“That’s also why I write a book, or get books done, because you can’t keep it all in your head, and I think that’s one of the most important things,” Bjorn said. “And having somewhere where you can just look up things and dive deeper, or just remember again.”

Constructing this deep dive, though, was a daunting challenge. At times, Bjorn and Harper were confronted by inconsistent histories of stompbox creation, which sometimes relied on oral accounts. In some areas, the duo was forced to make educated guesses on certain details. Their hunt for sources to verify their claims paid off: as the authors worked to compile as accurate a history of pedal effects as possible, they uncovered details that previous books on the same subject had overlooked.

Accessibility is a key feature of the book, and the authors strove to put descriptions into terms that anybody, novice or expert, could understand.

Another big hurdle was describing in words nuanced, complex sounds to a reader who cannot hear them; distinguishing similar effects — phaser versus flanger, distortion versus fuzz, reverb versus chorus — was an especially difficult task. “We wanted to put so much into this book, and we still wanted people to be able to lift the book up without any help from mechanical devices,” Bjorn said.

Harper, as a guitarist himself, was the “explorer” for the project, deciding what pedals and effects to cover, while Bjorn handled the organization and research work.

Bjorn jokes that his eyes are square now from researching so many different pedals on YouTube — a happy sacrifice to save his readers from the same square-eyed fate. Even so, he enjoyed navigating the obstacles of this unconventional journey. “One of the things I really learned diving deeper with pedals was that you listen a lot more; you’ll listen more closely to what you’re actually doing, because you might turn that knob one millimeter to the right and you get a different feel to it, or your pedal responds differently to the instrument and to the signal,” Bjorn said.

After years of intense learning and exploration to create Pedal Crush, Bjorn said he has already moved on, and is currently juggling three or four different projects. Like an artist shooting to release an album a year, Bjorn’s goal is to release a new book each year. Though navigating the rabbit’s hole of guitar pedals, with all its twists and turns, was overwhelming at times, overcoming these challenges was rewarding. With all his projects, Bjorn cherishes the writing and research process as much as he enjoys holding the finished product.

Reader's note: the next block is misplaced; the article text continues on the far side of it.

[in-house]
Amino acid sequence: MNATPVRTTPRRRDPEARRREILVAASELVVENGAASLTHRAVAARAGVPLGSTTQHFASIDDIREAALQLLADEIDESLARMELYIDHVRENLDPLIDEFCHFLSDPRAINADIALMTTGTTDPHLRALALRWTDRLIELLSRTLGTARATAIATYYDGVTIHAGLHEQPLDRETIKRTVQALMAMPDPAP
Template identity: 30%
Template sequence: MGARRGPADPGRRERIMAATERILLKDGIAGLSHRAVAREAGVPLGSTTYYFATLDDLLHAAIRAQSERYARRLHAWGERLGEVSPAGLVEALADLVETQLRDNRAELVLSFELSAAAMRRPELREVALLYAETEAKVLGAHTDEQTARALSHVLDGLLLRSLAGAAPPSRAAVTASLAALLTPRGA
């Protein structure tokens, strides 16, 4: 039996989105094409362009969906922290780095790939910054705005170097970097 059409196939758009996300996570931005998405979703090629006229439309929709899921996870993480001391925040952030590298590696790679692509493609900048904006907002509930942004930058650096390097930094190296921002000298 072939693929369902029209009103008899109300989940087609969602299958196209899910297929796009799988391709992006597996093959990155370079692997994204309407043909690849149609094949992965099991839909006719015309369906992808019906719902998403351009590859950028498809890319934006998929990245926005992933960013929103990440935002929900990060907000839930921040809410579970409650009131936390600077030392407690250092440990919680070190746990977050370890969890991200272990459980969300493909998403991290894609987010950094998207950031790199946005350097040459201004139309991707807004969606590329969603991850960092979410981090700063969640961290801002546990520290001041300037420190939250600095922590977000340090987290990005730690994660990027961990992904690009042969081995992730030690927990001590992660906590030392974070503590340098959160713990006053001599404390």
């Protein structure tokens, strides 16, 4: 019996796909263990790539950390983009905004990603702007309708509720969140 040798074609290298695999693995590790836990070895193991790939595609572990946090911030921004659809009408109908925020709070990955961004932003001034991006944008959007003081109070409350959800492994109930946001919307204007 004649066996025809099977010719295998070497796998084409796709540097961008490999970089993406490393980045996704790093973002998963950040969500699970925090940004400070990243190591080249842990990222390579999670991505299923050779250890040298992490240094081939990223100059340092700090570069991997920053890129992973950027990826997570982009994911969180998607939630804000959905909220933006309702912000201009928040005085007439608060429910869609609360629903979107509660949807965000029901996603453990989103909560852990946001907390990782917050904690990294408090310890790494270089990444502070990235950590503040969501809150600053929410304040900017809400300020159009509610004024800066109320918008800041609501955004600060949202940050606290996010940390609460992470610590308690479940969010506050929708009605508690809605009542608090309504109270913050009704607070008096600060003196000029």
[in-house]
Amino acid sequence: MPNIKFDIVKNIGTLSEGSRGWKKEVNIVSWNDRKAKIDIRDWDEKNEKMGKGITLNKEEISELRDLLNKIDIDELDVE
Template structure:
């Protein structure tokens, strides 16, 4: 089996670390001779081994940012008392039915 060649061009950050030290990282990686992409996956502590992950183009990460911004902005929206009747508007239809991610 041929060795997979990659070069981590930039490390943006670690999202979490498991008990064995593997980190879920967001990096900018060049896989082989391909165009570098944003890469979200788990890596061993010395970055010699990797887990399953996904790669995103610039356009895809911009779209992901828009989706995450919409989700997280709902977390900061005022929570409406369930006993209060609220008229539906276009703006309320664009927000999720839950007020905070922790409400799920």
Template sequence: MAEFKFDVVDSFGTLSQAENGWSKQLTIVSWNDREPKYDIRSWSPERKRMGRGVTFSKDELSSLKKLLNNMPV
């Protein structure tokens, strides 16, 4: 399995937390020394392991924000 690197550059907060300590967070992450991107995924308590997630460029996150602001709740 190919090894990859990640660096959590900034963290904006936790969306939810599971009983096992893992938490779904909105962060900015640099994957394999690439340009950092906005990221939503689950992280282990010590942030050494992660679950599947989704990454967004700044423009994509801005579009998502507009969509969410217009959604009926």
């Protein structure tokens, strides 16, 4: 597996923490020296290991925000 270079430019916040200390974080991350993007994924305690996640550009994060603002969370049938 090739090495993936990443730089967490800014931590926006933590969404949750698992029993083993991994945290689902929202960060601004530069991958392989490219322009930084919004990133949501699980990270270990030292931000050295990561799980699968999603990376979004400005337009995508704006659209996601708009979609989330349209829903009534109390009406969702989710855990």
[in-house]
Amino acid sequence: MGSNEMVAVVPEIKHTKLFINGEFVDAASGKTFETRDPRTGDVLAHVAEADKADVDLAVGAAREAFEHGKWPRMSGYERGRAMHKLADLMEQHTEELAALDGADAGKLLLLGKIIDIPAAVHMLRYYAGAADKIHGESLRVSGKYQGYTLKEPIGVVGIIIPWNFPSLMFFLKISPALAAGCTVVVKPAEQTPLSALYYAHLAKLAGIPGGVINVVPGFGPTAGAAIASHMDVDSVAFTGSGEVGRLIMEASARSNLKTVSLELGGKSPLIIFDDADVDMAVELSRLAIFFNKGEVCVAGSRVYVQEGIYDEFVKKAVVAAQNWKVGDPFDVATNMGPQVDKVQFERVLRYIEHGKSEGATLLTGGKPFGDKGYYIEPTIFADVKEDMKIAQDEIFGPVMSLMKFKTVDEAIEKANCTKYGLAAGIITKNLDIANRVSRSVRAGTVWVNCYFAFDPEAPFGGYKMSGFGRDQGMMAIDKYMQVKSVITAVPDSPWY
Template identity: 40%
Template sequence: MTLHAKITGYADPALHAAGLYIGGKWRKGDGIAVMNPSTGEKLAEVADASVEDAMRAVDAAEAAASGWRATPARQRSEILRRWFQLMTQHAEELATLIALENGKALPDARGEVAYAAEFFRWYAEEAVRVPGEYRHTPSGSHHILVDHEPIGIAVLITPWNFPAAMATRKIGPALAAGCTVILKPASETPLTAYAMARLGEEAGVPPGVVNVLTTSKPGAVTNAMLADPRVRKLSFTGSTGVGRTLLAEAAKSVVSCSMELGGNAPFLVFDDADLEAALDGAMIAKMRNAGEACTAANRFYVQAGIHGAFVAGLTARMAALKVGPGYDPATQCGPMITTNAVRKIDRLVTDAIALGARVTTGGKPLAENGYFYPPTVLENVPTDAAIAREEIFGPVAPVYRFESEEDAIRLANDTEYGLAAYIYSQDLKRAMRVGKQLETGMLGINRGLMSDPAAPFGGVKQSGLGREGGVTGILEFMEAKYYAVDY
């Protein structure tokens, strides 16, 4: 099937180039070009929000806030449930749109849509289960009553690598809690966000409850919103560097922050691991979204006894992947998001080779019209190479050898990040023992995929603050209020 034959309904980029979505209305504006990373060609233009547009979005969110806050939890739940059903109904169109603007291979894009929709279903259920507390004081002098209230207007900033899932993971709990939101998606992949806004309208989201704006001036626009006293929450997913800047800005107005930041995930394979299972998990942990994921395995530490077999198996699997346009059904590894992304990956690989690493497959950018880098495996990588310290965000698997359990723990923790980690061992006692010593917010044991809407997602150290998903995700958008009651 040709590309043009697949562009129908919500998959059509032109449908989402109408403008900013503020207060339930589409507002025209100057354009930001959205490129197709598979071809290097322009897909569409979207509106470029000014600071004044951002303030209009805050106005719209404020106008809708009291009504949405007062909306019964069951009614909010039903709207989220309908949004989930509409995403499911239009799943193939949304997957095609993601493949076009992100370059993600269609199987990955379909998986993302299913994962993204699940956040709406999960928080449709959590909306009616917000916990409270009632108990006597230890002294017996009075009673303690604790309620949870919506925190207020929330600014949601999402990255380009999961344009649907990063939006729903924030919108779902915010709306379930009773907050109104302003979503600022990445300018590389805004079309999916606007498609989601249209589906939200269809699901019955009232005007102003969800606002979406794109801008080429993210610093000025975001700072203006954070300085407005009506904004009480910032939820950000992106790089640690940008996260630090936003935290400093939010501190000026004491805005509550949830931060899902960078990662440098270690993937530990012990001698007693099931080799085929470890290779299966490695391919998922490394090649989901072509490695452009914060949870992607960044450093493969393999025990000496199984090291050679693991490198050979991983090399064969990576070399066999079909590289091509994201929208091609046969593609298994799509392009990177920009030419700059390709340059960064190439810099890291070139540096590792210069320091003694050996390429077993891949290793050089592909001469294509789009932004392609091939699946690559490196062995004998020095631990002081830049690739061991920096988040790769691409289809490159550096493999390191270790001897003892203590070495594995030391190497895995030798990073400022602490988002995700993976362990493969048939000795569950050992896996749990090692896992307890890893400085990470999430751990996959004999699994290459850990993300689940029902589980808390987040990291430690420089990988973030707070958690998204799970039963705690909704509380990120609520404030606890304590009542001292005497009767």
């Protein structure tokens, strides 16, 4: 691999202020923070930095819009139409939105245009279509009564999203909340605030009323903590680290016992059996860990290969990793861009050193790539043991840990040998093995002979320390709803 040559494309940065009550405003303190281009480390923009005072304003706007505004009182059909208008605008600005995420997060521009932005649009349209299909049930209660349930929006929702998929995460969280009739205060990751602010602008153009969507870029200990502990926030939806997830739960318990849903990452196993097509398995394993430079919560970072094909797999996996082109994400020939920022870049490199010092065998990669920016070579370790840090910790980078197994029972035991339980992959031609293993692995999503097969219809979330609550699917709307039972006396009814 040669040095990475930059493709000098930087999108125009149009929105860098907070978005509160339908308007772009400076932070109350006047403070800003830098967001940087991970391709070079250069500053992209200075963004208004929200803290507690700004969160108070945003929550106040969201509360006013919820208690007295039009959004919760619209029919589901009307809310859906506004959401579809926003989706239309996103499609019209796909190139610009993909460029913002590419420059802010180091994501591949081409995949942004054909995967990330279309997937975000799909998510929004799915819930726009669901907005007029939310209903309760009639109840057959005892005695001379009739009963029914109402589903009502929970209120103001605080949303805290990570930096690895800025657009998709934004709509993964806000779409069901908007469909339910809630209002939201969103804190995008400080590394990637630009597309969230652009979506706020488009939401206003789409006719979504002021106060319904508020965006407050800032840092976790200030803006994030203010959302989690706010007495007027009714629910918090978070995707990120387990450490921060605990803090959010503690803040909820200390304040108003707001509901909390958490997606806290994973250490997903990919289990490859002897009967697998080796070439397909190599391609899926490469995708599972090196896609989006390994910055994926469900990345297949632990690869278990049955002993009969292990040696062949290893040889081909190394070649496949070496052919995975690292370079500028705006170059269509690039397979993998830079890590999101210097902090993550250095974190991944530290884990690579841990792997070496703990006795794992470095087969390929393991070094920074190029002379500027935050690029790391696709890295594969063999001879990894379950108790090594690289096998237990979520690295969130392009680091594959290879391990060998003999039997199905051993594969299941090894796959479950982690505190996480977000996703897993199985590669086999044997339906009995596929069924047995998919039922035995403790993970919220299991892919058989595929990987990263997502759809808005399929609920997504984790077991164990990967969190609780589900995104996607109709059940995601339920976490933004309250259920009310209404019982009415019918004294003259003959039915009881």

“I have so many more things I think would be valuable to do, and I want to see myself on paper in nice color print,” Bjorn said. “For me it’s like solving puzzles, it’s like a Rubik’s cube: You fiddle around with it and suddenly, ‘This is the way I’m going to do it,’ and the pieces fall into place in your head.”

 


A LIFE OF SONIC EXPLORATION

Kim Bjorn

Electronic musician Kim Bjorn had dipped his toes in the waters of guitar effects before, but his new book Pedal Crush was more of a 40-foot cliff jump. That said, Bjorn is a veteran of sonic exploration, and this was far from his first voyage into sound waves unknown. In fact, Bjorn’s passion for music is in large part a passion for sonic experimentation.

“I think that’s part of the adventure of listening to music, that there’s something new that you can’t quite figure out,” Bjorn said. He doesn’t have a favorite band or artist, only favorite songs and sounds. His sonic curiosity makes for an ever-changing listening rotation. “I can equally enjoy a two-hour noise live set in Tokyo, a techno set in Berlin, or a jazz night in Copenhagen,” he said.

For Bjorn, music is and always has been a physical thing, something you feel in your stomach when the bass thumps at a nightclub, something to envelope yourself when you need to depart from everyday monotony.

“Music kind of becomes a tapestry or a part of your surroundings — something you can disappear in.”

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Patrick McCarthy is a graduate student in the Magazine, Newspaper, and Online Journalism program at the Newhouse School at Syracuse University and Making Music magazine intern. Find more of his work at https://www.linkedin.com/in/patmcca/